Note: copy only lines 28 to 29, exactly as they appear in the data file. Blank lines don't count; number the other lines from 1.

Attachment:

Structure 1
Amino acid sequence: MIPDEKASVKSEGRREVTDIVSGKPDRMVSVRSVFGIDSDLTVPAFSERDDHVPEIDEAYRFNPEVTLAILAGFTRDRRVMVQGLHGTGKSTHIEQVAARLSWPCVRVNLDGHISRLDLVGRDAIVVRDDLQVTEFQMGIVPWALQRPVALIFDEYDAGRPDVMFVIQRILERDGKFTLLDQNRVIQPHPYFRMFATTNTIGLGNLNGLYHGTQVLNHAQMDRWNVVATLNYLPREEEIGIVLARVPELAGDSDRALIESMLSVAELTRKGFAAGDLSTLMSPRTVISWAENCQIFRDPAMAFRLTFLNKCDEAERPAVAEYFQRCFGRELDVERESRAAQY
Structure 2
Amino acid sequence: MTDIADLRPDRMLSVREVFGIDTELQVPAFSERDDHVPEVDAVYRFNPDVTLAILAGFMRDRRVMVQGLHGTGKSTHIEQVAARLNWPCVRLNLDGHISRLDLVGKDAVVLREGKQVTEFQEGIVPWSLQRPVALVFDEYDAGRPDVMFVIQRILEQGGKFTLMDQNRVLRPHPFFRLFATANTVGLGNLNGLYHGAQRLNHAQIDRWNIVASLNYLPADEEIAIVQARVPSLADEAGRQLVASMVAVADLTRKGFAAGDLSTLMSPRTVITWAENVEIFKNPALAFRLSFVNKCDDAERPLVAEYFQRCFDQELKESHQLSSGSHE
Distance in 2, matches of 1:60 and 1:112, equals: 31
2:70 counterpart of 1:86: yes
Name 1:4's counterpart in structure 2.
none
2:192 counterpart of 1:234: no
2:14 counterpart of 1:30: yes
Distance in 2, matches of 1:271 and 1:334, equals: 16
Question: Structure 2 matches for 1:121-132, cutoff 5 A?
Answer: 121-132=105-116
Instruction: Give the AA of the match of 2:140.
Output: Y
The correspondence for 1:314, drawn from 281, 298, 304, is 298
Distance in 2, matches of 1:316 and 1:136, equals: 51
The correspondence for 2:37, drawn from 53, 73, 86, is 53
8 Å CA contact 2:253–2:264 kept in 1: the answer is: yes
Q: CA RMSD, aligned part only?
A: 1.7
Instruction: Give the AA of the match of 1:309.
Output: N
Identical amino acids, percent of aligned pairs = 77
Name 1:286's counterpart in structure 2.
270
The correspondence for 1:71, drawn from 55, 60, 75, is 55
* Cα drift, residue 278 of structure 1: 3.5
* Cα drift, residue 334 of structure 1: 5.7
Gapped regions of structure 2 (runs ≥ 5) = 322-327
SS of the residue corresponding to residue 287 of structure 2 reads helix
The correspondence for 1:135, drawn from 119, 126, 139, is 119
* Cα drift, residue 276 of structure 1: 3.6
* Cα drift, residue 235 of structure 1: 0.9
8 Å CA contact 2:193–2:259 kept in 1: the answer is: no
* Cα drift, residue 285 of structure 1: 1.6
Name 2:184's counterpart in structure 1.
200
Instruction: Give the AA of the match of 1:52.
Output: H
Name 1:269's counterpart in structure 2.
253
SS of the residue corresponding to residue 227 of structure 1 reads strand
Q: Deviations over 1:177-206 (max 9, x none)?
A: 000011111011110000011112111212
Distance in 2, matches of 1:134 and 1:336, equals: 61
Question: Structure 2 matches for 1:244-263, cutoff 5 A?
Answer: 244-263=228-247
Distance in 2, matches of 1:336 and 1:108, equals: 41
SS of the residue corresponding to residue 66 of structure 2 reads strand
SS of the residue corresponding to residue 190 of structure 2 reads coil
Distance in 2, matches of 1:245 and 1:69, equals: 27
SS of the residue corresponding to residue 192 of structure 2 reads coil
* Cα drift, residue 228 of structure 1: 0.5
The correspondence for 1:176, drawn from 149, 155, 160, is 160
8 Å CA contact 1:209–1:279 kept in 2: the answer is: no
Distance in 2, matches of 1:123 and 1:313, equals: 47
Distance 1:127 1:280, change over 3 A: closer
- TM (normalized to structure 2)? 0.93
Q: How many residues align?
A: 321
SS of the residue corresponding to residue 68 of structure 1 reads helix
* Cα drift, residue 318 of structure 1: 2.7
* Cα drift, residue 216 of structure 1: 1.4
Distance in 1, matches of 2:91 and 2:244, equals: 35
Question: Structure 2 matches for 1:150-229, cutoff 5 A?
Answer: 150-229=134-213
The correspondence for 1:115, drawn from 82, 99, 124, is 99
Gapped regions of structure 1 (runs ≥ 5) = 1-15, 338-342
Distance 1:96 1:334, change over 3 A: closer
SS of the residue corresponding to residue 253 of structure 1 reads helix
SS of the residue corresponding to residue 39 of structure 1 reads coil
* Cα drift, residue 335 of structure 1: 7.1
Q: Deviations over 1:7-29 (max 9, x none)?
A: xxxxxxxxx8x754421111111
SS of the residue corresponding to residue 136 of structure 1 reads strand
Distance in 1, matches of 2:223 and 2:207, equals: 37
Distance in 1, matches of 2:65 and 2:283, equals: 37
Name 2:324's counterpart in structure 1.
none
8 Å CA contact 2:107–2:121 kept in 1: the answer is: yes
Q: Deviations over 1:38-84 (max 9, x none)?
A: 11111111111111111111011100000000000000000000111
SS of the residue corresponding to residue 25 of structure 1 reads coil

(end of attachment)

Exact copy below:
* Cα drift, residue 278 of structure 1: 3.5
* Cα drift, residue 334 of structure 1: 5.7